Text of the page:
Thursday, March 01, 2007

A Flowering Tree at Davies Hall

I was very excited to be at the U.S. premier of John Adams new opera on March 1st at Davies Hall with the SF Symphony. Alex Ross has already given a perceptive account of the premier production in Vienna. The SF performance got the same soloists, conductor & director. Having the conductor at the podium made it even more of an occasion. This was one of those few times when at the first hearing of a serious work, I found it accessible & interesting & wanted to hear it again.

The work is supposedly inspired by Mozart's Magic Flute, though in this production it was a mix of cultural traditions: American minimalism music, Tamil love poetry, Javanese ceremonial dance, & more. It has a libretto that is in English for the soloists & in Spanish for the chorus. The music had a lot of ethereal orchestral colors & evoked Debussy, Stravinsky & Wagner, especially his Parsifal. The 2nd act even opens with a parody of the overture to the Ring. The critics are also
hearing major references to Sibelius, but I don't know his symphonies well enough to get these.

The music is based on repeating, pulsing, vibrating rhythms & tonal harmonies. Scattered among the constantly moving orchestral background are melodic solos, sometimes for unusual instruments. In particular there were solos performed beautifully by Barantschik & by the trumpet. But there were also striking solos for bass clarinet, bassoon (in a very high register), contrabasson, French horn & recorder. I had expected some electronic instruments, but Adams uses a traditional orchestra, with the addition of lots of percussion & 2 recorders.

Despite being in Davies Hall & having the Orchestra cover 3/4 of the stage, the evening was quite theatrical. It started when the chorus entered the terrace. Instead of black concert dress, each chorus member wore a different brightly colored shirt or blouse. The over-all effect was pretty & very festive. Musically the chorus turns out to be very important. They have some of the best music in the opera. The lively & boisterous choruses are the 1st things that really catch your attention.

Most of the action took place on three roughly circular platforms, painted like the insides of a geode, on the right of the stage. There was also a platform at terrace height in the back left corner of the stage. It was a small space, though, & it was a little scary to watch the male dancer up there as he went through intricate moves balancing on one leg or doing a momentary one-handed hand-stand.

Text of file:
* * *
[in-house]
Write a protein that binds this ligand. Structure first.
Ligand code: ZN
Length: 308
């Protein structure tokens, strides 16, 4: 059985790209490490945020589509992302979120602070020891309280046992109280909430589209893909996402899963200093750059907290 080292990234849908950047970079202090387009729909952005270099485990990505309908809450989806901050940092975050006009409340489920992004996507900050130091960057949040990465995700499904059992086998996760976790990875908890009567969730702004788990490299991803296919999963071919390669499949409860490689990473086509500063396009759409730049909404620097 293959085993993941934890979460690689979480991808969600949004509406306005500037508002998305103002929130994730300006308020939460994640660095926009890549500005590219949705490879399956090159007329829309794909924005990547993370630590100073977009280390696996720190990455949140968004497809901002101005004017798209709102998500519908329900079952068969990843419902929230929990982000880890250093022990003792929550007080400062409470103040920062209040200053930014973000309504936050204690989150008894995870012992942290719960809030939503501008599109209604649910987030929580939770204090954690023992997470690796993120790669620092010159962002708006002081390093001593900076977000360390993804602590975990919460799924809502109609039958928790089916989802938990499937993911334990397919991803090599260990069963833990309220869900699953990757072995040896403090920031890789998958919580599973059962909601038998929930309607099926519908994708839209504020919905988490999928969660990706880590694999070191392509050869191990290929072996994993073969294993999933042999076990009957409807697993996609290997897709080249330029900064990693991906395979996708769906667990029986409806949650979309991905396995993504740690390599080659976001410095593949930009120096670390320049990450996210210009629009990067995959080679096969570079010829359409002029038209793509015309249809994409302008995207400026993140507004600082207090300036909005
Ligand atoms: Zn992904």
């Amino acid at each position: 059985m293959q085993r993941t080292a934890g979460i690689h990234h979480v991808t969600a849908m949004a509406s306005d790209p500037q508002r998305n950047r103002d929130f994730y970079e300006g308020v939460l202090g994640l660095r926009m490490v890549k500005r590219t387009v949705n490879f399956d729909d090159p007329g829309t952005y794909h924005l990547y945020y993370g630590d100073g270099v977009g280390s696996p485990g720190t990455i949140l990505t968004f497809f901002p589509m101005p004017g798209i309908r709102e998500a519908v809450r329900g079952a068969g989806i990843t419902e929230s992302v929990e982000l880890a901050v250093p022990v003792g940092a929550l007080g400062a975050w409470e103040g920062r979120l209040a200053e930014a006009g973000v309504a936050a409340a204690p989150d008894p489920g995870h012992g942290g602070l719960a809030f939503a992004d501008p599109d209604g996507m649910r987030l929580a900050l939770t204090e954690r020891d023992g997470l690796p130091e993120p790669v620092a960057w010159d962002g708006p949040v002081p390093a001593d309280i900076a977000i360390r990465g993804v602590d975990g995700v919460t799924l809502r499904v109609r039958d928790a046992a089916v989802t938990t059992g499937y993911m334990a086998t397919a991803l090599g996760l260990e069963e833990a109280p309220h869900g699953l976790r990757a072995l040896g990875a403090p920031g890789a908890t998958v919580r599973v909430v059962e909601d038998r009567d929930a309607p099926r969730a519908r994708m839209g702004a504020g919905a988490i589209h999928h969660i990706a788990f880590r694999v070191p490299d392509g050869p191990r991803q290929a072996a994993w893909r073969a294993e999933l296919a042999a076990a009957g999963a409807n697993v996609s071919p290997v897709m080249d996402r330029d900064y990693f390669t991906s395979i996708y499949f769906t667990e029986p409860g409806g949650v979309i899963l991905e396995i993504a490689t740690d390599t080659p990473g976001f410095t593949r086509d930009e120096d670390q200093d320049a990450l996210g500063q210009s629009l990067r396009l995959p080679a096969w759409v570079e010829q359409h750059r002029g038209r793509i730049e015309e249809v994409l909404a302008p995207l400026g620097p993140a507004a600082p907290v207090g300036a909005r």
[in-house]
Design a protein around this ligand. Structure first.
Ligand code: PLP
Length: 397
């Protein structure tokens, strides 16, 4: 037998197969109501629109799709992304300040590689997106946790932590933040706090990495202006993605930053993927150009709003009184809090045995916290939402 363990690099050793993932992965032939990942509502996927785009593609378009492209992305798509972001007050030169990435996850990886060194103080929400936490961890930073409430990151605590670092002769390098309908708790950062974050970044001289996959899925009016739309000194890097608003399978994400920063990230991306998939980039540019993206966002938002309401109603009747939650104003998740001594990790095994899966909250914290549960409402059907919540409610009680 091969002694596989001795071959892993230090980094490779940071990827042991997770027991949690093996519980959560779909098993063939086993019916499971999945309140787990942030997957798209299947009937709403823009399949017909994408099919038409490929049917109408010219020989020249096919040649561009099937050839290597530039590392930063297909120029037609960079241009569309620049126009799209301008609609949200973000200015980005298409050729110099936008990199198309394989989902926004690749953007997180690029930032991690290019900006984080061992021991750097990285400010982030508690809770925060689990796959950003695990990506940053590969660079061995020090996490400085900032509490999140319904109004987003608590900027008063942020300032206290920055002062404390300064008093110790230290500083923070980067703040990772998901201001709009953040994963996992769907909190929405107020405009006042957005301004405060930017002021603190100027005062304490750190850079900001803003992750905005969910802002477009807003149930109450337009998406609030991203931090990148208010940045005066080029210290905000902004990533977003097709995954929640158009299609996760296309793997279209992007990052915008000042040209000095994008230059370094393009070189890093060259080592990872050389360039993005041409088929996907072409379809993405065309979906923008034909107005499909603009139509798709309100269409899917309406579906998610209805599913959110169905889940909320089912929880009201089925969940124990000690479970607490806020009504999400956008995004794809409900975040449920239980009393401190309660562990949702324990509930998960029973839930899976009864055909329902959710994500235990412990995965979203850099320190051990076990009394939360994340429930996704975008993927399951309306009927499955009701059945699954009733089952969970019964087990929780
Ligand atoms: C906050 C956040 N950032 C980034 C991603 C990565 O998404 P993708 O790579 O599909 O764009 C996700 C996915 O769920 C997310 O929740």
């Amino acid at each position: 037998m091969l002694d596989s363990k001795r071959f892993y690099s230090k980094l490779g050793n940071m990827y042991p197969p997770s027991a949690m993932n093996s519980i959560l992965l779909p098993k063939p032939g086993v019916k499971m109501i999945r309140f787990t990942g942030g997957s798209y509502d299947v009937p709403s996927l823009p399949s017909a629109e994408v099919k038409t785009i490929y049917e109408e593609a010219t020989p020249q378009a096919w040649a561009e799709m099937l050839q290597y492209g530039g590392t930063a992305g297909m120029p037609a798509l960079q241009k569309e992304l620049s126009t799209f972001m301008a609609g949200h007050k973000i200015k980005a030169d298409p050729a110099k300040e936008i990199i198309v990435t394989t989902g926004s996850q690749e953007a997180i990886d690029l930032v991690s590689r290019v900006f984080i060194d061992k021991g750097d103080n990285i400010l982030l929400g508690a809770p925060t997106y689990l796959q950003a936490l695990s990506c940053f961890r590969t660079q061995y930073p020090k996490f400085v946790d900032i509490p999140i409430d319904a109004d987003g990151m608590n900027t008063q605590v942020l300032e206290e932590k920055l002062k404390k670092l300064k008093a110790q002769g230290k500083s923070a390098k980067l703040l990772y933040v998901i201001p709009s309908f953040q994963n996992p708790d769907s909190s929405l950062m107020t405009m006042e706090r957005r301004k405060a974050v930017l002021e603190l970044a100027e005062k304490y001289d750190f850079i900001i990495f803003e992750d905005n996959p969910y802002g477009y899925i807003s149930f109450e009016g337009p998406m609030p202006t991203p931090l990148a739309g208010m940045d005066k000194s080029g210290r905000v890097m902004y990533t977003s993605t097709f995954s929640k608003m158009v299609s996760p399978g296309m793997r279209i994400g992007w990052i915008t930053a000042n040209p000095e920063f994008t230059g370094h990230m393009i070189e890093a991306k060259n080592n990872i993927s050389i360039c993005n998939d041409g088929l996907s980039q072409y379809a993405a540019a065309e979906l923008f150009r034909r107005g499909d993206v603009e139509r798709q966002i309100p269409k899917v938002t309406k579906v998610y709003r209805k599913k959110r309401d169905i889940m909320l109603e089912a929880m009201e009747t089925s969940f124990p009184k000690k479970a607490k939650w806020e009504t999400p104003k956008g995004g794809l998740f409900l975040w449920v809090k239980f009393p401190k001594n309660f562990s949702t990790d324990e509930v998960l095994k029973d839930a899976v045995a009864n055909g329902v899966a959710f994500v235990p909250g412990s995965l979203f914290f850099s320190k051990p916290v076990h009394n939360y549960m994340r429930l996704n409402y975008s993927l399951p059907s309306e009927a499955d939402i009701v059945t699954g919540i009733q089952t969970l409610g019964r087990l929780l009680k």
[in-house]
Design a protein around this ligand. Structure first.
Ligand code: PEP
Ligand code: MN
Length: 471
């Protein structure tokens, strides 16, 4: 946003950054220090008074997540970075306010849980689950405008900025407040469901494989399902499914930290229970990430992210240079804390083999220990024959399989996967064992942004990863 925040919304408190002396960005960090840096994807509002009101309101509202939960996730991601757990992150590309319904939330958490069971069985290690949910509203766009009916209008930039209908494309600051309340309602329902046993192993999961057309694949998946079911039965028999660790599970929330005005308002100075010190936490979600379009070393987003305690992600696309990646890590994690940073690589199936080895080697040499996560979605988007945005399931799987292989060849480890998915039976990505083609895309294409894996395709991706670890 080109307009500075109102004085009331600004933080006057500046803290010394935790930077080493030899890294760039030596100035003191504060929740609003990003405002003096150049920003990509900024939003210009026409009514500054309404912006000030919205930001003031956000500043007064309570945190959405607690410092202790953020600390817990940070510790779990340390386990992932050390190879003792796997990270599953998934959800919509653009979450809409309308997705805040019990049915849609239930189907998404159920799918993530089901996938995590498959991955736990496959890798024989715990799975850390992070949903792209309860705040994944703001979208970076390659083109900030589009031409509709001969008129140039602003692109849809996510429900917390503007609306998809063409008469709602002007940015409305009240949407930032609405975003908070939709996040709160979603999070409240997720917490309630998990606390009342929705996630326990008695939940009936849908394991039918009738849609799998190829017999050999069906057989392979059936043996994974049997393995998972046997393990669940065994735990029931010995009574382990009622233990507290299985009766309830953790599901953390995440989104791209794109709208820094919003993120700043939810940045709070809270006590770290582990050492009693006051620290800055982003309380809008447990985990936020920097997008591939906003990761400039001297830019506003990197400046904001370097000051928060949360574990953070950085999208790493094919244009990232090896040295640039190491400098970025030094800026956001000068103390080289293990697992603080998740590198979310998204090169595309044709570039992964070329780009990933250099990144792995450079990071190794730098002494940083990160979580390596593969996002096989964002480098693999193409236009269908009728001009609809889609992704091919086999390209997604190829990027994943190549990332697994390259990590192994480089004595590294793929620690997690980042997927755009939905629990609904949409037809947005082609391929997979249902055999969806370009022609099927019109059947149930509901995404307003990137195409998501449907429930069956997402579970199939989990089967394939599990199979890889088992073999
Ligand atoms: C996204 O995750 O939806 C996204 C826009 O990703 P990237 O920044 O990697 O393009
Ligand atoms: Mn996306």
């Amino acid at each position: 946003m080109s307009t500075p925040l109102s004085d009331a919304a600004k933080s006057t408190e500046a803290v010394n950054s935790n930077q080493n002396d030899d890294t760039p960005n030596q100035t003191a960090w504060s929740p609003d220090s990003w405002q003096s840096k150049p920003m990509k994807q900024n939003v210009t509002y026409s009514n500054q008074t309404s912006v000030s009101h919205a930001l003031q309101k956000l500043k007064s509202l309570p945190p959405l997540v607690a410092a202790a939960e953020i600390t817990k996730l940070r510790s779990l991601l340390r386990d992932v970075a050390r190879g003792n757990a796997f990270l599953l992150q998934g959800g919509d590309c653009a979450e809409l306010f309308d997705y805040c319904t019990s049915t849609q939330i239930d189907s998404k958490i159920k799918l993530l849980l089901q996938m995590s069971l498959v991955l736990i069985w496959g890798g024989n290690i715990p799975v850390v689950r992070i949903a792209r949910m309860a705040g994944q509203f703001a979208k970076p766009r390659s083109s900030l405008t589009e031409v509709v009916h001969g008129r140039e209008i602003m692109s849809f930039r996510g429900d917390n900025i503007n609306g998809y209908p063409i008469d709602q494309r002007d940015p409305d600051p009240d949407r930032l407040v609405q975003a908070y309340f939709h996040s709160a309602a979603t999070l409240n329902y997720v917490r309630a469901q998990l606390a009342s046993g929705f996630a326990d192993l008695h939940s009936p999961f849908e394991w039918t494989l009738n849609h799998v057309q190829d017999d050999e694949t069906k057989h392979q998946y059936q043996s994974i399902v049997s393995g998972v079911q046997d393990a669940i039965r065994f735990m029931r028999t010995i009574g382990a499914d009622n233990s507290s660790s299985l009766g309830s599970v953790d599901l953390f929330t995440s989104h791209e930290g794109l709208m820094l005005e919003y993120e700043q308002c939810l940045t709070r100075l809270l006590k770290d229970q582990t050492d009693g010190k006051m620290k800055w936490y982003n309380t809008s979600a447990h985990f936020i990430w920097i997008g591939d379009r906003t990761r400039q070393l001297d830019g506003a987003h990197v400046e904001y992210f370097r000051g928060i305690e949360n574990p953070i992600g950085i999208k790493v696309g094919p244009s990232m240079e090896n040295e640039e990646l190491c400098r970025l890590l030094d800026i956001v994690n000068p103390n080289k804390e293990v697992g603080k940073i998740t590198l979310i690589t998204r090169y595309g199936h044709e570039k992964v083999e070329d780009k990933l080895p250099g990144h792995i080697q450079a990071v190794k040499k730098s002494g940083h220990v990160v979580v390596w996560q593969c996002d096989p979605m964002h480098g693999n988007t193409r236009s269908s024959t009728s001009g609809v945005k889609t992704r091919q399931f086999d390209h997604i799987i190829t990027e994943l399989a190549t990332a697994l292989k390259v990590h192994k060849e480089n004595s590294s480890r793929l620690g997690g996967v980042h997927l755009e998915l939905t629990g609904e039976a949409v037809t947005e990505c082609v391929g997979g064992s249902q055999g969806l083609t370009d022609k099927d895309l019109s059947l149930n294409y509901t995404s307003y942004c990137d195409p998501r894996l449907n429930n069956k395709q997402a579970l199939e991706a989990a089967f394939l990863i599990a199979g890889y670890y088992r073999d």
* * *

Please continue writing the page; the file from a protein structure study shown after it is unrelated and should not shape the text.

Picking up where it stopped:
There were 3 singers, one acting as a narrator, the 2 others portraying the lovers of the story. They shared the stage with 3 dancers from Indonesia. I think that part of the concept was to have something on stage that countered the restless movement of the music. So these dancers performed in what is apparently a traditional Javanese dance style that moves very slowly & deliberately. The women seemed incapable of making an awkward or ungraceful motion. They often gave the feeling that they were moving underwater. It was very mesmerizing to watch.

The singers were great & very well matched. The soprano Jessica Rivera sang particularly beautifully & expressively. She was also a great actress. Even when she had to roll around on the stage intertwined with the dancer to represent Kumudha as a stump, she managed to sing wonderfully. It was a complete performance.

I'm not a fan of Peter Sellars as a director, & this staging was typical of his style. He always keeps you very busy trying to keep track of what is happening on stage. There were many moments when I couldn't decide what I wanted to focus on. At other times the staging just looked really awkward, as when he had the large tenor bent over the small male dancer to represent the Prince's misery.

I'm not sure what to make of the story yet. It was a sadistic fairy tale. It doesn't have a conflict in the classical sense, though there is an over-all arc having to do with loss, suffering & reunion.

Reminiscent of Dr. Atomic, it ends spectacularly with an extended orchestral crescendo depicting Kumudha's final transformation. For a moment there is a major chord, then there is a long suspension in the chorus & orchestra, & finally only the notes of a major triad sounding. This was followed by a loud & enthusiastic ovation that was clearly for Adams, though he modestly refused to take a solo bow during the curtain calls.

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